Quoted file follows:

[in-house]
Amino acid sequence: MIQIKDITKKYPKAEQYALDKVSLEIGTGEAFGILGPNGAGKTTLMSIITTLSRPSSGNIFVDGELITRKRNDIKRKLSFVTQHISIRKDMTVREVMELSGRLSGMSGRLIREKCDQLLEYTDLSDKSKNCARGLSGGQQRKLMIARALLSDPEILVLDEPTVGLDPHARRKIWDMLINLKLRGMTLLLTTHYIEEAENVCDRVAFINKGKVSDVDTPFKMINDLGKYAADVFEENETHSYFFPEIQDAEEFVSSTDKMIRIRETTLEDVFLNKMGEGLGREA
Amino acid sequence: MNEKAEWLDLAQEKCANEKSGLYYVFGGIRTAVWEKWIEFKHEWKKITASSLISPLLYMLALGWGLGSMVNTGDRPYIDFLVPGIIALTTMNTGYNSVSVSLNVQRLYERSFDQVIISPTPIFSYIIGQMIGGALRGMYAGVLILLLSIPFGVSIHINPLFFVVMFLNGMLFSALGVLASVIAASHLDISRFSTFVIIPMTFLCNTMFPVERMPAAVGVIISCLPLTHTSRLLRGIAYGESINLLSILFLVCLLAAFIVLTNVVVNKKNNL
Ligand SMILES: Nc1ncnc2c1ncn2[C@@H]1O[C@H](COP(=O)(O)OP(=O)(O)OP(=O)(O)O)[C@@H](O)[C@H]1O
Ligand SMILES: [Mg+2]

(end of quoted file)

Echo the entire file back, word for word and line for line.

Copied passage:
[in-house]
Amino acid sequence: MIQIKDITKKYPKAEQYALDKVSLEIGTGEAFGILGPNGAGKTTLMSIITTLSRPSSGNIFVDGELITRKRNDIKRKLSFVTQHISIRKDMTVREVMELSGRLSGMSGRLIREKCDQLLEYTDLSDKSKNCARGLSGGQQRKLMIARALLSDPEILVLDEPTVGLDPHARRKIWDMLINLKLRGMTLLLTTHYIEEAENVCDRVAFINKGKVSDVDTPFKMINDLGKYAADVFEENETHSYFFPEIQDAEEFVSSTDKMIRIRETTLEDVFLNKMGEGLGREA
Amino acid sequence: MNEKAEWLDLAQEKCANEKSGLYYVFGGIRTAVWEKWIEFKHEWKKITASSLISPLLYMLALGWGLGSMVNTGDRPYIDFLVPGIIALTTMNTGYNSVSVSLNVQRLYERSFDQVIISPTPIFSYIIGQMIGGALRGMYAGVLILLLSIPFGVSIHINPLFFVVMFLNGMLFSALGVLASVIAASHLDISRFSTFVIIPMTFLCNTMFPVERMPAAVGVIISCLPLTHTSRLLRGIAYGESINLLSILFLVCLLAAFIVLTNVVVNKKNNL
Ligand SMILES: Nc1ncnc2c1ncn2[C@@H]1O[C@H](COP(=O)(O)OP(=O)(O)OP(=O)(O)O)[C@@H](O)[C@H]1O
Ligand SMILES: [Mg+2]